GENESEO — Joshua Blessed, the truck driver killed in a shootout with police in Geneseo last month, may have been planning a large scale attack, Livingston County Sheriff Thomas J. Dougherty said during a press briefing Tuesday afternoon.
Dougherty based that conclusion — which he stressed was solely his opinion — on evidence seized by FBI agents from Blessed’s private vehicle and a room he rented in Virginia. After executing search warrants late last month, agents recovered more than a dozen improvised explosive devices, thousands of dollars worth of ammunition, firearms — including two AK-47s, a 50-caliber rifle and a .223 caliber sniper rifle — tens of thousands of dollars in cash and instructional manuals on how to build bombs and avoid detection by law enforcement.
“Based on what was recovered in his vehicle and based on what was recovered in his bedroom, I do believe that he certainly had a plan for the future,” said Dougherty, who declined to speculate on specifics of what that plan may have entailed. “...There is no doubt in my mind this man is — this man was — a very real threat to a lot of people.”
The Sheriff’s Office’s investigation into Blessed’s death and the chase that preceded it remains open said Dougherty, though he acknowledged it’s likely nearing its end.
“We are still working through some different leads and loose ends,” he said.
The FBI, which has been assisting the Sheriff’s Office since the night of the incident, has its own investigation into Blessed. While he acknowledged Blessed was “some type of militia extremist” who harbored “anti-police philosophies,” Dougherty referred questions on the trucker’s background and whether he was operating as a “lone wolf” or with others, to the FBI.
As the County News previously reported, hatred of law enforcement was a central theme of Blessed’s posts on a variety of social media platforms. He also wrote and spoke frequently of visions of a second U.S. Civil War he purported to have experienced and urged Godly men to form militia units to defend themselves during this war.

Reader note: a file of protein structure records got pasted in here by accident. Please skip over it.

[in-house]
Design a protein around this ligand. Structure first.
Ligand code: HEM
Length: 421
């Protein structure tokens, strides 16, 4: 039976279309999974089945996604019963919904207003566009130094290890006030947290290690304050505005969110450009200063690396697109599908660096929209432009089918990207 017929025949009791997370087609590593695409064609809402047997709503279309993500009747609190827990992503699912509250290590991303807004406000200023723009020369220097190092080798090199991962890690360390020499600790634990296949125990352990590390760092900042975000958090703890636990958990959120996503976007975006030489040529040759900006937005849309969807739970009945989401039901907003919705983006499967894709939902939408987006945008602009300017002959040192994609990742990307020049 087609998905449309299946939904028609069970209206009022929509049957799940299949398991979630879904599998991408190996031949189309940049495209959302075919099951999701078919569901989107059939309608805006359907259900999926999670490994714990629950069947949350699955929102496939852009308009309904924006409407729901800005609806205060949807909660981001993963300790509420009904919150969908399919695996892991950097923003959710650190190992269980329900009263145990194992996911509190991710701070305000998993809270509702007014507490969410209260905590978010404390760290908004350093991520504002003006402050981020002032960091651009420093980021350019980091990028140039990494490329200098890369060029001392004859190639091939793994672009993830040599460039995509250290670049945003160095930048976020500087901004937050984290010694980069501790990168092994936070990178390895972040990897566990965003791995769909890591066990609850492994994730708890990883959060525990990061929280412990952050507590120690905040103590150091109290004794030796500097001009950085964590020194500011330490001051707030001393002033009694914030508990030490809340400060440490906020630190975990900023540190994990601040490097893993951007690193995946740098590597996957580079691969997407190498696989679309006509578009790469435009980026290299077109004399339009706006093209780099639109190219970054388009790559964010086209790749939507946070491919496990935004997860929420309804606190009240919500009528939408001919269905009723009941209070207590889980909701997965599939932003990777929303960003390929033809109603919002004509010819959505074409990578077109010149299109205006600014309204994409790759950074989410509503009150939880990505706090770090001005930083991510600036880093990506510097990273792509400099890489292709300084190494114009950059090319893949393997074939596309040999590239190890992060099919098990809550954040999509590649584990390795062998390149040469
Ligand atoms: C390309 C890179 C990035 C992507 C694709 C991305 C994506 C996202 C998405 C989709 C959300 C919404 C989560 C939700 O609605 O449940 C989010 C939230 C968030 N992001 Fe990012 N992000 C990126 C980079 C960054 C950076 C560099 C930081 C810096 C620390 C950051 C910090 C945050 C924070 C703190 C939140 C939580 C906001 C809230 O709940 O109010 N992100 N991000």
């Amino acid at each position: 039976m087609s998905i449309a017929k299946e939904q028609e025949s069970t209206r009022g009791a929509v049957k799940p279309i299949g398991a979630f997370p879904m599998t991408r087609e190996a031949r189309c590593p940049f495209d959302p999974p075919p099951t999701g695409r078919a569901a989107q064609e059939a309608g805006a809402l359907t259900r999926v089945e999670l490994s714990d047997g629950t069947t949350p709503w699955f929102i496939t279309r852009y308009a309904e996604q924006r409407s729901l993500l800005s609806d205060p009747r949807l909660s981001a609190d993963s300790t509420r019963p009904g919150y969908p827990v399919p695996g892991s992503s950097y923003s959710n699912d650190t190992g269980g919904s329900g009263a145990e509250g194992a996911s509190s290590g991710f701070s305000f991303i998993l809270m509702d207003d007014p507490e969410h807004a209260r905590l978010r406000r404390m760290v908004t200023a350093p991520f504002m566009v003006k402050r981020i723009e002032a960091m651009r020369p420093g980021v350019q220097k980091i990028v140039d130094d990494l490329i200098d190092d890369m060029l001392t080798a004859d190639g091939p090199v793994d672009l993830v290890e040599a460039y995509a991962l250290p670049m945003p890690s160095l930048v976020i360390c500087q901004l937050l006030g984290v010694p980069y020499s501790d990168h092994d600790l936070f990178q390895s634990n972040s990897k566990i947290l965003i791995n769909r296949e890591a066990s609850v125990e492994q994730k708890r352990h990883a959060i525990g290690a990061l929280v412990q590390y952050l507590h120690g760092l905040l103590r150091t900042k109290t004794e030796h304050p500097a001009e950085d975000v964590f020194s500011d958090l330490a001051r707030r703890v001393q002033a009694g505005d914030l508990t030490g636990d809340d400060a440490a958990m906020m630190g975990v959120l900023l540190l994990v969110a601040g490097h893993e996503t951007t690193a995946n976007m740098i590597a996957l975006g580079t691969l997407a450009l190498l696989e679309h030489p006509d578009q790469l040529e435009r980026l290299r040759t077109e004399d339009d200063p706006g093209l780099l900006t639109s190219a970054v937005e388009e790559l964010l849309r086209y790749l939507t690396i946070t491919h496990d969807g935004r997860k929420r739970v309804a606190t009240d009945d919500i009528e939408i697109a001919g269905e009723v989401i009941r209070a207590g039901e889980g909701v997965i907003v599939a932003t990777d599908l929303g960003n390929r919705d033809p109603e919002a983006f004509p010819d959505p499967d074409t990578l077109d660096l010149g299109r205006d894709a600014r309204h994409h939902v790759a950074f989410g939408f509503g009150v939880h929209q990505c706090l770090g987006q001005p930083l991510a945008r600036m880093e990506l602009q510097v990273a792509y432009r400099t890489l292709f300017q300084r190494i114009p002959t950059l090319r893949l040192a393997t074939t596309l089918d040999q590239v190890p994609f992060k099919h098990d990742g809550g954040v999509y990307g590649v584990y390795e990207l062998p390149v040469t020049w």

Dougherty likewise declined to comment on the nature of the IEDs the FBI recovered from Blessed’s rented room and private vehicle, instead referring questions to the FBI.
A spokesperson for the FBI’s Richmond Division confirmed last week the bureau’s investigation “remains open,” but declined to comment further.
Dougherty said his office’s investigation uncovered no evidence that Blessed’s actions were in any way related to the public uproar over the death of George Floyd, who died May 25 — two days before Blessed’s rampage — after a Minneapolis police officer kneeled on his neck for nearly nine minutes.
“I truly believe this day, Blessed did not plan for a major attack on law enforcement,” Dougherty said. “I think it was this traffic stop that set him off and eventually led to all the different things along the path this pursued including him shooting at us and us shooting at him.”
To the best of Dougherty’s knowledge, the FBI recovered no written manifesto, plans of attack or statement of ideals were recovered from Blessed’s home or private vehicle.
“I don’t have that information and I think I would as Sheriff,” Dougherty said. “...There’s certain questions we’re just not going to have answers to. That is common in these cases where it ends this way. We can’t interview him, we can’t find out exactly what he was thinking. Only he knows that and he’s not here to tell us.”
Blessed was first pulled over by an officer with the Le Roy Police Department on Route 5, near East Bethany-Le Roy Road, May 27 at 8:37 p.m. He refused to comply with the officer’s instructions and eventually fled in his tractor trailer, initiating a 46-mile chase that spanned three counties.
Blessed eventually entered the village of Geneseo from the north, via Route 63, before continuing east, via Route 20A, to Exit 8 of Interstate 390. Dougherty, who was following behind Blessed during the pursuit, recalled how relieved he was when Blessed decided to leave 20A and take the southbound entrance ramp to the Interstate.
“When you’re going down 20A, there’s homes all over it,” he said. “… I felt like we could take action on the interstate and really engage him there and it would ultimately be a shootout between us and him and no civilians.”